The Treasures of Thames

A medieval clothes pin, or a piece of bent wire?

London: a 2000-year-old thriving port in a tidal range of a major river. As far as I know, that’s a unique combination in Europe. The waters of the English Channel had been flowing into and out of the city day after day for countless millennia and, with every wave, they had been bringing more debris and flotsam to the river shores, creating beaches formed of detritus of London’s entire history.

When the tide ebbs, these beaches become a playground for amateur archaeologists, scavengers of shards and old nails. They are called by an ancient moniker of Mudlarks – a name once reserved for poor urchins diving into mud to recover lost coal lumps or coins.

We – me and my wife – have discovered mudlarking by pure chance, a few weeks ago on a trip to Greenwich. The tide was out and we were sitting among gravel, old bricks and roof tiles, enjoying the rare sun, when one of us found a bit of china, painted in what seemed like tiny blue flowers. Moments later we had a handful of such unidentified potsherds. It was obvious these were not just bits of crockery thrown out of a nearby Starbucks, but something much older and much more interesting.

We got back home and started investigating. We’ve discovered there’s a name for what we just did. We’ve learnt that the tiny long tubes which looked like bones of some ancient animal were actually clay tobacco pipes. That the colourful shards were a hundred, two hundred, three hundred years old. We’ve discovered a whole community of Mudlarkers, much more organized – equipped with metal detectors, shovels and proper licences. Of course, you don’t need a licence to just sit on the beach and scour through the rubble, which is what we’ve decided to do again as soon as the weather and tide times permitted.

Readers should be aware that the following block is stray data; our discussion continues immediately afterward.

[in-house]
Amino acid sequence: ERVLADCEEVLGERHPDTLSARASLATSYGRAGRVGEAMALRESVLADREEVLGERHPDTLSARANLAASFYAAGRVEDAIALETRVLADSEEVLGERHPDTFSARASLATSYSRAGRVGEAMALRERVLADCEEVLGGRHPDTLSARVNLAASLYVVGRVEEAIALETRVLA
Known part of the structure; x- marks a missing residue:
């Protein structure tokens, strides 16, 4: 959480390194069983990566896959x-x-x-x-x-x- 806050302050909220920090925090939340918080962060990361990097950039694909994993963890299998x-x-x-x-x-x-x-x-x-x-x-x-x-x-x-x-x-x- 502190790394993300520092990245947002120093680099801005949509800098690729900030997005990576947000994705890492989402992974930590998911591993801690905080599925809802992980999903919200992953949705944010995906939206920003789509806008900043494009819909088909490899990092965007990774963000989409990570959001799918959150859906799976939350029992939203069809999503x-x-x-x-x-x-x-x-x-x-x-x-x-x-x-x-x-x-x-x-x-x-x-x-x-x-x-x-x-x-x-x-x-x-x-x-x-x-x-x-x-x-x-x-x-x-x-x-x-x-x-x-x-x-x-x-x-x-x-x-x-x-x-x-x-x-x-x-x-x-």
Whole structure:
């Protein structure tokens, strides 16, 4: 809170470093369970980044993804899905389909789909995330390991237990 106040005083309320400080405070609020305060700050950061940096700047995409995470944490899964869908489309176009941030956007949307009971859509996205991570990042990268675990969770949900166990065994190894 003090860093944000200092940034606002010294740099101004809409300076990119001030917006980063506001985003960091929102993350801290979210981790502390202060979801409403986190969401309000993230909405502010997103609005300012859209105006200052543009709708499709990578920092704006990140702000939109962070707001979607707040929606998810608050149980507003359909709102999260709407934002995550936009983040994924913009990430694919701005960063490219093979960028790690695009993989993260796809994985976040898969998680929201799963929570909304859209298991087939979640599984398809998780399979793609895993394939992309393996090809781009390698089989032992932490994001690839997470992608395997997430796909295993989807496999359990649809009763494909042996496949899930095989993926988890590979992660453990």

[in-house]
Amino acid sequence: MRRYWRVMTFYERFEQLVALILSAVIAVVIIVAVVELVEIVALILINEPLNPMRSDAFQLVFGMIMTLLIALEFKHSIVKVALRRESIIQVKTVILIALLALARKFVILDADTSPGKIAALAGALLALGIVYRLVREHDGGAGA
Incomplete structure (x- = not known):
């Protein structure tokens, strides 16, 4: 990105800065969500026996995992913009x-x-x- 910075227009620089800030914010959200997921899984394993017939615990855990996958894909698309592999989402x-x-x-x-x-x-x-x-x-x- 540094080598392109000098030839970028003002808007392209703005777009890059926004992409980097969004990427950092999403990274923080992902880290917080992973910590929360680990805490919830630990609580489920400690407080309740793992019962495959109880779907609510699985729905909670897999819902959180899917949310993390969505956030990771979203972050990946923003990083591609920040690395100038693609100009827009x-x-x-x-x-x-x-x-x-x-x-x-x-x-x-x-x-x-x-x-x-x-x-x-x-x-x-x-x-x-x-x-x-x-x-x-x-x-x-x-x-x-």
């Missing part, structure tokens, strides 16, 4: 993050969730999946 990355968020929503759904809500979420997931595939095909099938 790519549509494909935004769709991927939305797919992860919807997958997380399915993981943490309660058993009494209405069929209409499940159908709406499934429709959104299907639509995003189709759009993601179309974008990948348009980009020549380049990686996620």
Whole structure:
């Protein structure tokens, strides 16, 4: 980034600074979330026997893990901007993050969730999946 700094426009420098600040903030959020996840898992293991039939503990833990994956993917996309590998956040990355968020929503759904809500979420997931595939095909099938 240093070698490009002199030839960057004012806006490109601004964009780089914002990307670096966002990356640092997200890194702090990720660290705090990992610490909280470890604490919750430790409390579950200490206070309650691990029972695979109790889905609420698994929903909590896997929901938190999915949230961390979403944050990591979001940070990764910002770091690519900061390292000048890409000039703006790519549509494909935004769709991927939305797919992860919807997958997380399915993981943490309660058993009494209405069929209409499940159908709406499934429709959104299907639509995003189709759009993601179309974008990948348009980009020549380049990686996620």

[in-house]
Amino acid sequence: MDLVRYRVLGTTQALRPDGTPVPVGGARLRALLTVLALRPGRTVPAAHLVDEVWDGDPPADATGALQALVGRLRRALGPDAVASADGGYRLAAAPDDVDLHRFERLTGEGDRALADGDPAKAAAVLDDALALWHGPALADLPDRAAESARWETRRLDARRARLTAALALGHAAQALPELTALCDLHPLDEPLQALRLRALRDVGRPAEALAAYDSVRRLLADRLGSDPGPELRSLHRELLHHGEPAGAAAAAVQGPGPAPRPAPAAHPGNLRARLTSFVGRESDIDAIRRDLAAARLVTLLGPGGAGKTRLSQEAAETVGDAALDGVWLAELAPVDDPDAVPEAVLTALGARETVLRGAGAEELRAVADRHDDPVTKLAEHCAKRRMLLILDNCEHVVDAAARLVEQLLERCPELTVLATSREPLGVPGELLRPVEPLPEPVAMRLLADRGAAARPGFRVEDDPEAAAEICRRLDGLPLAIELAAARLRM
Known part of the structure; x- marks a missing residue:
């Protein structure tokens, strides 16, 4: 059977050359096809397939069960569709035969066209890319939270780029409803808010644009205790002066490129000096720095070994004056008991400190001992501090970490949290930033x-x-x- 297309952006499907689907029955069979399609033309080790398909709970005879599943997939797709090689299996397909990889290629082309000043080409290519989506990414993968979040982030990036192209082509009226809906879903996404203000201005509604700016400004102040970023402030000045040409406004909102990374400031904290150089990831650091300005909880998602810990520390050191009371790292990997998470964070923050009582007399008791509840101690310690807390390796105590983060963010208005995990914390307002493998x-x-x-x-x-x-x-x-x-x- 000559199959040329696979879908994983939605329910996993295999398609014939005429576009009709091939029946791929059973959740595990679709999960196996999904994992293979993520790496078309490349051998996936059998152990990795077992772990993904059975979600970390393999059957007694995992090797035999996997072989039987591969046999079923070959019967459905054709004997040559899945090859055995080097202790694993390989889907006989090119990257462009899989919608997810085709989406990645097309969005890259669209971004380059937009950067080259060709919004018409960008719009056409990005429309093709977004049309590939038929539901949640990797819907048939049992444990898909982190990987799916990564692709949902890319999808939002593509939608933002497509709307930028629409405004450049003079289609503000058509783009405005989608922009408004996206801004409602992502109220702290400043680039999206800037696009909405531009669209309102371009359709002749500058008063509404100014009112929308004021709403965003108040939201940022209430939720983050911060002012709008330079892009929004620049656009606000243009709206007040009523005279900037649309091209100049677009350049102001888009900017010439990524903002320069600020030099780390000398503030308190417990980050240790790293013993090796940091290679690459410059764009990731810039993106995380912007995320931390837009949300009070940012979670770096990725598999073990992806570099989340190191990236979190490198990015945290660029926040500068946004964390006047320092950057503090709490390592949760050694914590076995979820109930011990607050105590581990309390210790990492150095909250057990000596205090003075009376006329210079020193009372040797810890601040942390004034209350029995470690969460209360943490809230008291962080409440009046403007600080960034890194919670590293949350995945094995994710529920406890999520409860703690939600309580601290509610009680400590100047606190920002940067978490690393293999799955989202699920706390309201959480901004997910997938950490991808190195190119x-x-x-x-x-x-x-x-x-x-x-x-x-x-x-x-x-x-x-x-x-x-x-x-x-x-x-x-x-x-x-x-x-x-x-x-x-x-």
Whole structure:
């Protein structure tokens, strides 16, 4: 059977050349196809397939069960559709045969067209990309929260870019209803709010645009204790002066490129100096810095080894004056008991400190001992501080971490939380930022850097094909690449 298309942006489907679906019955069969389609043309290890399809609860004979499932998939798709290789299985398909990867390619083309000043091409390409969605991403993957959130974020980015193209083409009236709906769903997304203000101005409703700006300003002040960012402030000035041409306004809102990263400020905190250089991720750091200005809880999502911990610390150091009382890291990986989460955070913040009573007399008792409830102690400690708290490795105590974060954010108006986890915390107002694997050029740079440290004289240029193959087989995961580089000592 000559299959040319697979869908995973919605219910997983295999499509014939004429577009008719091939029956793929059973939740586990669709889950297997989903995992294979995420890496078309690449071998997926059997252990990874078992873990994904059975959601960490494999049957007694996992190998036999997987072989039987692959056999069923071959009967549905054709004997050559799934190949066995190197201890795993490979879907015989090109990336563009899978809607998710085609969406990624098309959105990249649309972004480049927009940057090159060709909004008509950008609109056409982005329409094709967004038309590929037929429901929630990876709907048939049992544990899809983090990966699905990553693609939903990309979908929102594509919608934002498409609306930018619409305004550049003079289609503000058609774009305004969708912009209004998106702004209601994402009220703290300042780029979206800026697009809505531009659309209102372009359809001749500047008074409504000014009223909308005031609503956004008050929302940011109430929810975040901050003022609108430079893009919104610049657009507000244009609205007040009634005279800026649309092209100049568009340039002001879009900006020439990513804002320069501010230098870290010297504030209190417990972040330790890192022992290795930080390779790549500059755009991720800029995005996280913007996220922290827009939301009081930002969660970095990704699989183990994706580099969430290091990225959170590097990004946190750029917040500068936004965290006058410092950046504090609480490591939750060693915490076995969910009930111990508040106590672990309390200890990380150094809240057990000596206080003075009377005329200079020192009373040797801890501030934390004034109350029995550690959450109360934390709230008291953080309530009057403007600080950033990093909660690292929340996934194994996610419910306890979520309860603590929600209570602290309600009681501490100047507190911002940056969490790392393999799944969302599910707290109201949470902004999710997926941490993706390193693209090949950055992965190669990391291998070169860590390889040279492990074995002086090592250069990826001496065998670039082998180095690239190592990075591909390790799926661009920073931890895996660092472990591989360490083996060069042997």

Fast forward to today. Another trip to Greenwich. I misread the tide tables and we had to wait in a cafe until the waters started receding, but we were rewarded with a great haul. Looking at the photos you might think we’ve spent a whole day at that beach, but in reality this is the result of a little over an hour of moderately thorough scavenging.

Edit: I have now managed to find out that the clay shard marked “Marquis of G…” belonged to the Marquis of Granby Inn at the Iron Gate area near Tower Hill. It was owned by a family of Downings in the middle of 19th century, which also matches the signature. Fun!

Shards of blue-on-white china, including the (in)famous Willow Pattern (19th c.), Westerwald pottery (18th c.) pale-blue Delft (17th c.) and shell-edged Pearlware (18th c.)
More exciting bits of colourful pottery from all over the centuries. The light brown sand-pattern shards are from Bellarmine pots, 16th c. Some of the brightly painted ones can be Delft imitations from 17th c.
Miscellaneous intriguing finds: a Derbyshire flask mouth and bottom, a possible clay bottle? (who’s “Marquis of G…” ?) A “Jacobson’s” flask bottom. A Staffordshire combed ware, 18th c. A square bit which I strongly suspect is late medieval. A few wooden buttons, a very old nail, a (Tudor?) mug ear. And the bent bit of decorated iron wire – could it be a medieval clothes pin?
A variety of clay tobacco pipes, 19th century and earlier, some intricately decorated and sculpted.
There are literally hundreds of these strewn all over the beach. Quite quickly you stop picking every single one of them and focus just on the ones that have some markings or drawings.
A proud mudlarker and his haul 🙂

Note: most of the source information for this post I took from the great mudlarking blog at

3 thoughts on “The Treasures of Thames

  1. Just spent my birthday Larking on the Thames. Had a great time and found, like yourselves, treasures.
    Cant wait to go again.
    Loved your finds, they helped me identifie some of my finds, thanks

  2. I love the coloured pottery you found & very exciting to have found the origin of piece with writing on, glad my blog was of use to you. All the best Julia

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